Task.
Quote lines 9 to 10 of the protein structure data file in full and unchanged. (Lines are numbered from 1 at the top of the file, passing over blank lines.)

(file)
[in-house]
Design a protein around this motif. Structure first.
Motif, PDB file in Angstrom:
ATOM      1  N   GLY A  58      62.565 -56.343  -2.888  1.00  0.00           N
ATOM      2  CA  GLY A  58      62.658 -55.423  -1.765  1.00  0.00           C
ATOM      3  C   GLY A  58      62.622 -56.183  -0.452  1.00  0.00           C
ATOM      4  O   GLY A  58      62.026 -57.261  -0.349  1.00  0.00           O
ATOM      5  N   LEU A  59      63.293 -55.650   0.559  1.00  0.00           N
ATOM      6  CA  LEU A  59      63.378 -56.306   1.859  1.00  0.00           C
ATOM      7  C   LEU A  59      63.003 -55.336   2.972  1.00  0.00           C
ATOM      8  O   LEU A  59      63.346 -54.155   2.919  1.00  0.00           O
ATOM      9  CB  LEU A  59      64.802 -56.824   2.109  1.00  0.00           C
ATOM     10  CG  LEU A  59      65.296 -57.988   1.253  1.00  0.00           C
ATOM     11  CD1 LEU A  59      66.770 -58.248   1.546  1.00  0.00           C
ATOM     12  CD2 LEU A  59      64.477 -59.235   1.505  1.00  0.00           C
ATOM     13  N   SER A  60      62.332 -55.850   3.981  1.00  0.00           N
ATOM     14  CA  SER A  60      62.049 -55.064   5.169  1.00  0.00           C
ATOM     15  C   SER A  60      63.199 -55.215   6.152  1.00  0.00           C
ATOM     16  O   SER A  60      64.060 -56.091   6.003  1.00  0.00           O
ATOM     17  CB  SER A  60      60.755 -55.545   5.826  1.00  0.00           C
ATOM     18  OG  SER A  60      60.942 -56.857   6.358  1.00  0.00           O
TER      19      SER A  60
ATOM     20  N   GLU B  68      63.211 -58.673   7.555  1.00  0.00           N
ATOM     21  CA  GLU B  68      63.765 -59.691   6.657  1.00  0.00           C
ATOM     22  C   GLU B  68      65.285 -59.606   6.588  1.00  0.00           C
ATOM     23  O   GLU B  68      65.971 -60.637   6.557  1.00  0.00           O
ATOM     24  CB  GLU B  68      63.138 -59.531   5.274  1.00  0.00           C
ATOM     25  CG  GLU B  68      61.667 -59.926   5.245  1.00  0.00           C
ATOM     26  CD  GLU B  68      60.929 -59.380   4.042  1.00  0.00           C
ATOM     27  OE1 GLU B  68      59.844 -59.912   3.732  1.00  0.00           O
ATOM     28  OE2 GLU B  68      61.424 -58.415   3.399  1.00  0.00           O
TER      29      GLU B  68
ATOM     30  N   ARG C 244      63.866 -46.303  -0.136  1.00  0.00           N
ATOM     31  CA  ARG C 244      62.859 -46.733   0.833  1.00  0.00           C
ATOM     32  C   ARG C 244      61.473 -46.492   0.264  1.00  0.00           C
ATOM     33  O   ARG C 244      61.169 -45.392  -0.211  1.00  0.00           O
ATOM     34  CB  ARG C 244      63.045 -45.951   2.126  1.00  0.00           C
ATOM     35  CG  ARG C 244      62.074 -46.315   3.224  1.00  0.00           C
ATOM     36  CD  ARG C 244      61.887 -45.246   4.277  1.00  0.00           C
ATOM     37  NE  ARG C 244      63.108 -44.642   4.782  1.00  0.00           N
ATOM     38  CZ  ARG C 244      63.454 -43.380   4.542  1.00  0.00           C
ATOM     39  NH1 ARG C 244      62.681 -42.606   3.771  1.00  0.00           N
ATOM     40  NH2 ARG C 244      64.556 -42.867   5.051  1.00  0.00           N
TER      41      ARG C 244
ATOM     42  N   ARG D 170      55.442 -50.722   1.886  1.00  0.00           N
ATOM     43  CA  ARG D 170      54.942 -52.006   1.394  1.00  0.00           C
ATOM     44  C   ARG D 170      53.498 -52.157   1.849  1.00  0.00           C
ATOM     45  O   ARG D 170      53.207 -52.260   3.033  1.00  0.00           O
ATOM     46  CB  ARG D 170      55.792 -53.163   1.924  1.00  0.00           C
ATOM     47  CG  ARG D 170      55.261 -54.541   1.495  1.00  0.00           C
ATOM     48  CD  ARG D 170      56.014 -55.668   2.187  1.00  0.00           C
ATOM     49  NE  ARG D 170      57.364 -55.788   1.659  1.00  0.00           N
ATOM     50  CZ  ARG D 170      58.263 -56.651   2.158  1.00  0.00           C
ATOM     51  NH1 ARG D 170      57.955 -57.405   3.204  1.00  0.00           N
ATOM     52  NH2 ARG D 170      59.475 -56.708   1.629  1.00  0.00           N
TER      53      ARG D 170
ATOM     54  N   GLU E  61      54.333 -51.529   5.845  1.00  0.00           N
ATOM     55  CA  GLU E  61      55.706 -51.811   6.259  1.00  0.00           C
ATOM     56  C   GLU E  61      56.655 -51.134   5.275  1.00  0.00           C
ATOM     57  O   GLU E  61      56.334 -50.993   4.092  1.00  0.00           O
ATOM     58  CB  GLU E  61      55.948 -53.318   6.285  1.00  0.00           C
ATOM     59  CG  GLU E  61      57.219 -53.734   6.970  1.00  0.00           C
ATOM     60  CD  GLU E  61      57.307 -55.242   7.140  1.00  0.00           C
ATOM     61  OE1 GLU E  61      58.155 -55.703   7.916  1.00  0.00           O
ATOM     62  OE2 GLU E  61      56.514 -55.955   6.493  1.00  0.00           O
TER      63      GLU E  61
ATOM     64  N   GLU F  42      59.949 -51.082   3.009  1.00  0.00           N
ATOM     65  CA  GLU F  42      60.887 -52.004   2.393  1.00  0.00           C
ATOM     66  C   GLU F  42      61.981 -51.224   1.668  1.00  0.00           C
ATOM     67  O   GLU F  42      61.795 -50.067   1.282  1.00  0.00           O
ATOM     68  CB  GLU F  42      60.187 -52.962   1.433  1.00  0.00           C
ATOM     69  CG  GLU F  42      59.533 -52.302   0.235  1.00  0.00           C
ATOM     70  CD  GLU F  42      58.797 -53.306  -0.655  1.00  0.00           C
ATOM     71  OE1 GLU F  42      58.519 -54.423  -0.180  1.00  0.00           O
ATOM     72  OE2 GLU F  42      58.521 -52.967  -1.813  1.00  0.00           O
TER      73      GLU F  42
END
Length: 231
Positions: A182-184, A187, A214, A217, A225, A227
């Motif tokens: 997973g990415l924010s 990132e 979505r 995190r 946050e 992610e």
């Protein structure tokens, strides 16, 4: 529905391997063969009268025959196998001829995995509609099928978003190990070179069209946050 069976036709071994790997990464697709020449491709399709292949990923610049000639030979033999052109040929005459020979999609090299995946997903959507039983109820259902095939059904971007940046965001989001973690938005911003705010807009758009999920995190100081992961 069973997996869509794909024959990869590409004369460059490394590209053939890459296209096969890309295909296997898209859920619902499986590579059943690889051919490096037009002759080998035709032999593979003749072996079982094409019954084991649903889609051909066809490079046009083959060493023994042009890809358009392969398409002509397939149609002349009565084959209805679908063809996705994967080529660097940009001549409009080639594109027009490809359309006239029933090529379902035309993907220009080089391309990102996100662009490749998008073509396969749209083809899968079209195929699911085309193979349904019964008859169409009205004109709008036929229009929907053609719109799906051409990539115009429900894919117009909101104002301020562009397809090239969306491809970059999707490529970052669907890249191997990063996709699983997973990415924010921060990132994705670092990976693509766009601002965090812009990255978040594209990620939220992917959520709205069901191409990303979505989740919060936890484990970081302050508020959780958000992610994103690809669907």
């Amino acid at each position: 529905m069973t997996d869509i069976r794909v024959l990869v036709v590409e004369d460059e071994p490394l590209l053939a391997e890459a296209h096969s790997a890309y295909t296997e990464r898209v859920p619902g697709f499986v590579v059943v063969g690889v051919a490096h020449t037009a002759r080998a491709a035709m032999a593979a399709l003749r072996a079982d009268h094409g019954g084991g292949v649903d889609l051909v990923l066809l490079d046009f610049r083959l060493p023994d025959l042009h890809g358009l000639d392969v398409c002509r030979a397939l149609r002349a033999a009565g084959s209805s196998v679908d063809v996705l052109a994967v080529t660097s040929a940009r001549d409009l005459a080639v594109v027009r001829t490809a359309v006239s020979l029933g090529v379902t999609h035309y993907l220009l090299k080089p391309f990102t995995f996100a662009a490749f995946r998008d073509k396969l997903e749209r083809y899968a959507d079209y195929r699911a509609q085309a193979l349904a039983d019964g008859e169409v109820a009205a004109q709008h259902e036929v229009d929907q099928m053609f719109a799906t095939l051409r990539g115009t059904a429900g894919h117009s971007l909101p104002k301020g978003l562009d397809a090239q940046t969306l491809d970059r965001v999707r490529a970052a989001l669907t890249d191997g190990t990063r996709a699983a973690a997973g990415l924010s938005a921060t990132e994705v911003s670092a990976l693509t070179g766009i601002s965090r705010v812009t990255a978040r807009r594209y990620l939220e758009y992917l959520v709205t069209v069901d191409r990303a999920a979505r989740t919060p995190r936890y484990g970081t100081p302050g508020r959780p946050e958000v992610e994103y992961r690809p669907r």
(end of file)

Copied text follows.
ATOM      6  CA  LEU A  59      63.378 -56.306   1.859  1.00  0.00           C
ATOM      7  C   LEU A  59      63.003 -55.336   2.972  1.00  0.00           C